After being berated as grown men for over-partying, we were of course absolutely defensive and found many ways/excuses to continue our belligerency. Scott said brilliantly," I look at it like this, if I stay home I know exactly what's going to happen, when you go out anything could happen". Spoken like a true networker and connector I wholeheartedly agreed. When you're out on the town, out on the gig, anything can happen. You could fall down drunk on your face or you could meet someone with an opportunity that could change your life or career.
When the White Stripes put it in writing that the band's hiatus had turned permanent, a void opened in the musical universe. The band had expertly fused blues, rock and a little punk to create their signature sound. Now that the Stripes have left the building, people need to look elsewhere to get their fix of raw, catchy rock.
There’s one word for Carolyn Wonderland’s show last night at Joe’s Pub: Tasty. When a guitarist truly lives and loves what they do, it shows, and it was shining like a beacon during Wonderland’s performance. To say that her live show is better than the record is no exaggeration. And her tone…hell yeah!
It seems like there is something new every day to be challenged (if not flustered) by. Unless you are a 24/7 web geek, it might feel like you are permanently behind the development curve, always missing out on the latest technology that could miraculously catapult your band into super-stardom.
Probably everyone knows the movie This Is Spinal Tap. However, what appears to be funny coincidences on the screen are actually pretty accurate descriptions of touring musicians’ lives. Even though it's difficult to be amused by these accidents when you are playing the main role, there is no way to avoid them. Spinal Tap moments are an unavoidable part of the game, so better learn to cherish them.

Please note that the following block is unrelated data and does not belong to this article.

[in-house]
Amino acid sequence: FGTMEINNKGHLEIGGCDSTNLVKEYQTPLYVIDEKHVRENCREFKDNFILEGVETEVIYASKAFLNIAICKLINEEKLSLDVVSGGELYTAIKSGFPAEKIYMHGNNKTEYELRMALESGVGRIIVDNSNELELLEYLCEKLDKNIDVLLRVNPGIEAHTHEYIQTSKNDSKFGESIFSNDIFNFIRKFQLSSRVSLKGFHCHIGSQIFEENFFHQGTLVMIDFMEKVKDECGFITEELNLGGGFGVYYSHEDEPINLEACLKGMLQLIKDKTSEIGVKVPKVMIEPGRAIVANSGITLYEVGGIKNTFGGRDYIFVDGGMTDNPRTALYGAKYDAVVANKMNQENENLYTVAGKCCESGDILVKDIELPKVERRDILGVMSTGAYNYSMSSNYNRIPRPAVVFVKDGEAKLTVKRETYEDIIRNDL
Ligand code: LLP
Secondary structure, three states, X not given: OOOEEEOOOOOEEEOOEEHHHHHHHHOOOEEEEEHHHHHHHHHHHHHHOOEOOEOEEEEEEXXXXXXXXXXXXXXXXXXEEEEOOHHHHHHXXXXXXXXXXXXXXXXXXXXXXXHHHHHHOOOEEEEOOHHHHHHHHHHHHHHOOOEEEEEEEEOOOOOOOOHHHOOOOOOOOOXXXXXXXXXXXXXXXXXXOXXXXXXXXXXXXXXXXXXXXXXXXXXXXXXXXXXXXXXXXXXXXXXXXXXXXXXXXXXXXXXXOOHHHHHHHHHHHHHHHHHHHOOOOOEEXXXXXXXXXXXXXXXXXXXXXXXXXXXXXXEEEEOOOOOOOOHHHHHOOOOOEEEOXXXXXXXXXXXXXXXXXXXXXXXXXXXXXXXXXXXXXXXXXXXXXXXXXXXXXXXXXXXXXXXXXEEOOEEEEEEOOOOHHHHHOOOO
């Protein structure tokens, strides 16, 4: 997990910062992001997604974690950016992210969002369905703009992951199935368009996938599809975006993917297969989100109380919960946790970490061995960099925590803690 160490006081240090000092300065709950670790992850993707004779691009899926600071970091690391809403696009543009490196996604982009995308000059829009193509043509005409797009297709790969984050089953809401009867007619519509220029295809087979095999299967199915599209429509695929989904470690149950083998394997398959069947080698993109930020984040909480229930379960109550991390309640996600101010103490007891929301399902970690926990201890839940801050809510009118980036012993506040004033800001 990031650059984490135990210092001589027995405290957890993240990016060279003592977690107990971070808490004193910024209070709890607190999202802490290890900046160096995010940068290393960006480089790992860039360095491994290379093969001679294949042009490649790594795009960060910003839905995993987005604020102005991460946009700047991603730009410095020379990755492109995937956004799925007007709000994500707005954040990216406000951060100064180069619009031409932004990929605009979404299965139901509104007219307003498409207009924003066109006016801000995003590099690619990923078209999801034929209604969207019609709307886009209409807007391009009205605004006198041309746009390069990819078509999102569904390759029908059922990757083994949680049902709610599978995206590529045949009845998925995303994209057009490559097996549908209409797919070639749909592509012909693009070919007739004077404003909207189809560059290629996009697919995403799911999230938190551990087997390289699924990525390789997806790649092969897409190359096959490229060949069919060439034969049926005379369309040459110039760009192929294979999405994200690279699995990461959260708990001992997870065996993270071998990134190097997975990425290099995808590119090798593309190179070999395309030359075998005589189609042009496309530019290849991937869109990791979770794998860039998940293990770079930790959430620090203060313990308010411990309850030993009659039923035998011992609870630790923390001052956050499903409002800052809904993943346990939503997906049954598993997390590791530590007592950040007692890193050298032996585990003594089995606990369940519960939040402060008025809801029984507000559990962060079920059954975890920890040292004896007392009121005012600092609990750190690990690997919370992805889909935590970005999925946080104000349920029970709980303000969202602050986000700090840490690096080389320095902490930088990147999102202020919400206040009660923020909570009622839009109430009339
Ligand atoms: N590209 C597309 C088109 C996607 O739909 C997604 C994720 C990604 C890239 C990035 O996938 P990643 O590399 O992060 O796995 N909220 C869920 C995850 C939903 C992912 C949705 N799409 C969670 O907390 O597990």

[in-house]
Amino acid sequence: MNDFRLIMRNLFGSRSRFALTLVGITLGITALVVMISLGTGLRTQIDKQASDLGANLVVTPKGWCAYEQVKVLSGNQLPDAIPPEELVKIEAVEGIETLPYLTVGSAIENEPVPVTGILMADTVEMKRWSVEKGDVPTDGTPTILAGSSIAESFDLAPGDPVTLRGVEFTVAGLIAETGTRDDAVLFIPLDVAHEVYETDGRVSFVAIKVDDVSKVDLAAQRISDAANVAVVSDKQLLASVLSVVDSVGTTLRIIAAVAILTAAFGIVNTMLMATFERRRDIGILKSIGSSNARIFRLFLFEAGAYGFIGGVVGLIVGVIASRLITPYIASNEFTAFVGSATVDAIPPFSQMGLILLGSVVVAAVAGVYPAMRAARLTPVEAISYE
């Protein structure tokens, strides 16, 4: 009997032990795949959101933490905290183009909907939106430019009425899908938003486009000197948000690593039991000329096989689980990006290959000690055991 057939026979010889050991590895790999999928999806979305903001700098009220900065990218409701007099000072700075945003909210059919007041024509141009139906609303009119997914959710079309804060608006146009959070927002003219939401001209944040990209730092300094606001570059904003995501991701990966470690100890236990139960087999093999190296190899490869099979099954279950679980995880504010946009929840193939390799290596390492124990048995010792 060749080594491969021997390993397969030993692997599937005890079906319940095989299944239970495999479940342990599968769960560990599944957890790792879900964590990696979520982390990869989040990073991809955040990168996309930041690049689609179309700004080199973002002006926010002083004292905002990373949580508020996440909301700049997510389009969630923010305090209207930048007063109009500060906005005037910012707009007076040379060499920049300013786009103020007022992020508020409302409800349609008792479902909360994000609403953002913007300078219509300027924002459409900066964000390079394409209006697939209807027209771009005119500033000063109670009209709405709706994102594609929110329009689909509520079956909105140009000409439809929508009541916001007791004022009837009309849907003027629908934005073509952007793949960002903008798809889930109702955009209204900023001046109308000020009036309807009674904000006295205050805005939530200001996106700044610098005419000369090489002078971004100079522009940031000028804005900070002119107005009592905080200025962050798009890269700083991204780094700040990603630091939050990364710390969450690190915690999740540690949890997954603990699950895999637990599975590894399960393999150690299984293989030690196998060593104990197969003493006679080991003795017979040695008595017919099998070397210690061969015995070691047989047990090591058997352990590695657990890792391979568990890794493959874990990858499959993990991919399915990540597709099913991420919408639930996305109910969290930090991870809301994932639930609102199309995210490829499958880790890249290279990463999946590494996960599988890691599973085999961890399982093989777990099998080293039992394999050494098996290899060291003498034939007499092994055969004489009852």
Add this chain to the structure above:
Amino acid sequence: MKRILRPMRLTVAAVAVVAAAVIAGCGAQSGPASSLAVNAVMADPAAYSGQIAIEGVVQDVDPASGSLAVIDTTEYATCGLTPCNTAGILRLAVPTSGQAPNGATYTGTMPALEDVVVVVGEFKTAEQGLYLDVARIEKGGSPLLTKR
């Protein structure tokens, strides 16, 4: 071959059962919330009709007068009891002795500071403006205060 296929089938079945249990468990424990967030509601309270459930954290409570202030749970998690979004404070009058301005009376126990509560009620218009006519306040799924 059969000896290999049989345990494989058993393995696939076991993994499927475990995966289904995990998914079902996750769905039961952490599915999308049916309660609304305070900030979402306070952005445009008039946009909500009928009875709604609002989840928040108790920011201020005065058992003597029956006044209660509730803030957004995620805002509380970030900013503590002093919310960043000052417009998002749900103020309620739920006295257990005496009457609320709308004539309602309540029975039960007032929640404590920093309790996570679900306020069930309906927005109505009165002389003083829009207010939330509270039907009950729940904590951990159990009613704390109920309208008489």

Fact: Kim Shattuck is one of the coolest chicks in rock 'n' roll. After cutting her teeth as the bass player in the all female LA band The Pandoras in the '80s, she switched over to guitar and formed the bold-angsty-sarcastic-funny-witty-angry pop punk band The Muffs in 1991. Shattuck's catchy pop tunes might even be described as "cute," if it weren't for her famous bone-shaking roar that could ignite a match from 10 feet away.
One of the first things I mentioned was that I feel “tone begins in the hands,” that old adage a lot of players and tone connoisseurs refer to when trying to describe what it takes to make their tone. Today I’d like to expand on that time-honored statement a little further with the following proposition: If tone begins in the hands, where do phrases begin, and end?
It's been a few weeks since my previous column, Removing the Veil: Life on the Road, came out, and I'd like to start off today's piece by thanking everyone for all of the awesome feedback I've been receiving. Many of the emails were from empathetic people who had no idea how hard life on the road really was, others from fellow musicians thanking me for exposing the ugly truth and shedding light on the reality of the tour life...